SASI acquires a rare print of Emily Eden’s “Portraits of Princes and People of India” (1844)

SASI acquires a rare edition of Emily Eden’s Portraits of Princes and People of India

On May 20th, 2024, the South Asian Studies Institute received a rare copy of Portraits of Princes and People of India by Emily Eden (1797-1869). This book was originally gifted to a former BC Government leader from foreign dignitaries. As BC officials are not able to accept gifts, through the connection of the Royal BC Museum, the book now finds a home at the South Asian Studies Institute where researchers and community members will be able to access it.

Published in London in 1844, the book contains a collection of Emily Eden’s 28 sketches lithographed on 24 pages. Born and raised in England, Eden lived in colonial India under the British Raj from 1835-1842 where she drew these sketches. She had travelled to India with her sister Fanny where her brother George Eden, 1st Earl of Auckland was in residence as the Governor General. Emily lived in Shimla for stretches of time, which incidentally is the home city of our Director at SASI – Dr. Satwinder Bains who she studied at Auckland House School (est. later in 1866), the home of Emily Eden’s brother, commonly referred to as Lord Auckland.  In her memoirs, Emily wrote of the Auckland House thus, “The views are too lovely, deep valleys on the drawing room side. Red rhododendron trees bloom in every direction and there are beautiful shrubberies on all sides of the hill.”

Most of Emily Eden’s sketches are portraits of prominent Sikh rulers, while others portray remarkable figures of fakeers (religious devotees), jemadars (headmen), Akalis (Sikh religious devotees/ soldiers), horseman, dwarfs, Shitr Sawar (camel riders carrying dispatches), Tartar traders from Tibet, wrestlers, and Zamindars (landowners) of that era.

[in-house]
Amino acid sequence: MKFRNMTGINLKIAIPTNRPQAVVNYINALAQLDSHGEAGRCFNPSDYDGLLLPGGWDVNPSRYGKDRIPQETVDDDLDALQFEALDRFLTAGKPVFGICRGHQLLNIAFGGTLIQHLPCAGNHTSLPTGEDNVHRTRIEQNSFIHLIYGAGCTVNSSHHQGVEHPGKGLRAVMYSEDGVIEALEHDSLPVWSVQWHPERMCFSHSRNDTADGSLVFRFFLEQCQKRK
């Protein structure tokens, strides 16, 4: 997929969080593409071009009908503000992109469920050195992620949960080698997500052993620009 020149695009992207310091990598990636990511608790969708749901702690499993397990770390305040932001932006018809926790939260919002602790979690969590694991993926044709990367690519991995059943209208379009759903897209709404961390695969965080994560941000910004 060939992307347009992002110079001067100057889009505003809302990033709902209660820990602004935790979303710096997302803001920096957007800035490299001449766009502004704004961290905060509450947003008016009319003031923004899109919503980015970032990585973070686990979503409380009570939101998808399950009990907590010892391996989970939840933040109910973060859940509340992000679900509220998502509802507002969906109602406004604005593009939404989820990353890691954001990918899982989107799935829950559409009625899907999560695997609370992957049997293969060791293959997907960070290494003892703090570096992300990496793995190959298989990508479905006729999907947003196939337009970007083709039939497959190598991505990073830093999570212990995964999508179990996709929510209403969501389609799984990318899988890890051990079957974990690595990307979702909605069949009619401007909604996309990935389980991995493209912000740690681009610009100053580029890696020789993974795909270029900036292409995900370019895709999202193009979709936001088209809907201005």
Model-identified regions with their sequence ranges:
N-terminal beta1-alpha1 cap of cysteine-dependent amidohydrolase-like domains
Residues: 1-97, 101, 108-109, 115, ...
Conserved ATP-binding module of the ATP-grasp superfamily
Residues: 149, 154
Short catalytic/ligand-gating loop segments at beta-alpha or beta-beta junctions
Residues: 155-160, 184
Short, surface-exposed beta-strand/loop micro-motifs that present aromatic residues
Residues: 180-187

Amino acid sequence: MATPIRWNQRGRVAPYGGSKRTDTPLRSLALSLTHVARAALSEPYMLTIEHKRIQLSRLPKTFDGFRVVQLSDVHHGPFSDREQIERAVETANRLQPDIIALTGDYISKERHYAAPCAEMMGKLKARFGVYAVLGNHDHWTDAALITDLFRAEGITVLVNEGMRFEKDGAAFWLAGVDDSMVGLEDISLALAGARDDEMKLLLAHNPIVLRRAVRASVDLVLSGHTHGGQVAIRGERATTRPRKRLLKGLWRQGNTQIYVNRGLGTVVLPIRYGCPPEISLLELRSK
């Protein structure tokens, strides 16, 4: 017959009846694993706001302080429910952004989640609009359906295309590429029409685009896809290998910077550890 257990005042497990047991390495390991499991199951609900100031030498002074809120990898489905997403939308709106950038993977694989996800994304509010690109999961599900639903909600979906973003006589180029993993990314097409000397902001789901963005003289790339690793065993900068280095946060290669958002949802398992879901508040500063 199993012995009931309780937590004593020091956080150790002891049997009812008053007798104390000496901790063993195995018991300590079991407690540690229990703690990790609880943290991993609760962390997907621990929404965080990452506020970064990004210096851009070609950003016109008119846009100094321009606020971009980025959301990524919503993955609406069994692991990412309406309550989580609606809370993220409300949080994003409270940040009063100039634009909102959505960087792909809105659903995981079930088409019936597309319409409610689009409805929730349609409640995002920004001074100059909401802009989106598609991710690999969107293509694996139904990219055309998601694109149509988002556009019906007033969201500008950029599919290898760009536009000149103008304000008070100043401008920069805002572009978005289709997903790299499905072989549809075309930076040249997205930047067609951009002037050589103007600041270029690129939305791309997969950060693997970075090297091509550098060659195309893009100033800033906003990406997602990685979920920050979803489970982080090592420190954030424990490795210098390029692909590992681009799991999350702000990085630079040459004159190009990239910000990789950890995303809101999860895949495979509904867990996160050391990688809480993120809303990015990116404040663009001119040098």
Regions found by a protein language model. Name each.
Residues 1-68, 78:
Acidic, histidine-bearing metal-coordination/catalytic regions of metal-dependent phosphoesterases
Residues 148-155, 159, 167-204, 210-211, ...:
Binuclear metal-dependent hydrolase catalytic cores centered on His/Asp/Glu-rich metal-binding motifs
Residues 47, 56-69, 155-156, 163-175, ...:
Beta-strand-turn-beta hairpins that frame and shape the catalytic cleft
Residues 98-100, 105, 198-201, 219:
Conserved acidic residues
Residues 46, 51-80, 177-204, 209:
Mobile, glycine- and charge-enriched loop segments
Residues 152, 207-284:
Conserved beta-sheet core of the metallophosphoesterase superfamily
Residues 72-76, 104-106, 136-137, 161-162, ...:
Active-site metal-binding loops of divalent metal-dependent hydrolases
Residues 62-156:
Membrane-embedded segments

The archival and collector value of this book can only be realized by its claim to carry the only surviving live portrait of Maharaja Ranjit Singh (1799-1839), the great ruler of undivided Punjab.

The live portrait of Maharaja Ranjeet Singh

Alongside this historic sketch, the book also contains some rare portraits of Maharaja Ranjit Singh’s family and court members including Sher Singh (1807-1843), Kharrak Singh (1801-1840), and Heera Singh (1816-1844).

Portrait of Heera Singh, the Prime Minister of Lahore during Ranjit Singh’s reign. Heera Mandi in Lahore was named after him.

Portrait of Heera Singh, the Prime Minister of Lahore during Ranjit Singh’s reign. Heera Mandi in Lahore was named after him.

Outside of Ranjit Singh’s famed court, the book also portrays Chiefs of other princely states like Patiala, the Hill states, Nahun/ Nahan, and Oudh/Awadh.

Below is the list of sketches included in the book:

Frontispiece: The son of the Nawab of Banda
1. Dost Muhammad Khan, the ruler of Afghanistan, with one of his sons and a cousin
2. Maharajah Sher Singh, then ruler of the Punjab
3. A Hindu Fakir
4. A Head Servant of Government House, Calcutta
5. Akalis, or Sikh warriors
6. The Rajah of Patiala on his state elephant
7.  Rajah Hira Singh
8. Maharajah Hindu Rao, a Mahratha Prince
9. One of the guards of the Rajah of Patiala with two dwarf servants
10. A young hill Rajah at Shimla
11. Dogs and Hawks, gifts from the King of Awadh to the Governor-General, with their attendants
12. Attendants of Rajah Kharak Singh
13. Maharajah Ranjit Singh
14. The favourite horse of Ranjit Singh with its groom; Emeralds and diamonds belonging to Ranjit Singh
15. Hunting leopards belonging to the King of Awadh with their attendants
16. Two of Alexander Burnes’ Arab servants
17. A Fakir attached to the Governor-General’s suite
18. A Student at the Hindu College in Calcutta; The daughter of one of the servants at Government House
19. Purtab Singh
20. A Camel despatch rider
21. The Rajah of Nahun and his sons; Anand Mussih, a Christian convert
22. A Group of Tibetan traders sketched at Shimla
23. A landowner and a Pathan
24. Lord Auckland receiving the Rajah of Nahun in Durbar.

At SASI we are honored and fortunate to be able to preserve this historically rich, and rare archival record at our Institute. We will upload a digital copy of this book on our SACDA website soon which will be immensely useful for future research on South Asian, and for those interested in Punjabi histories.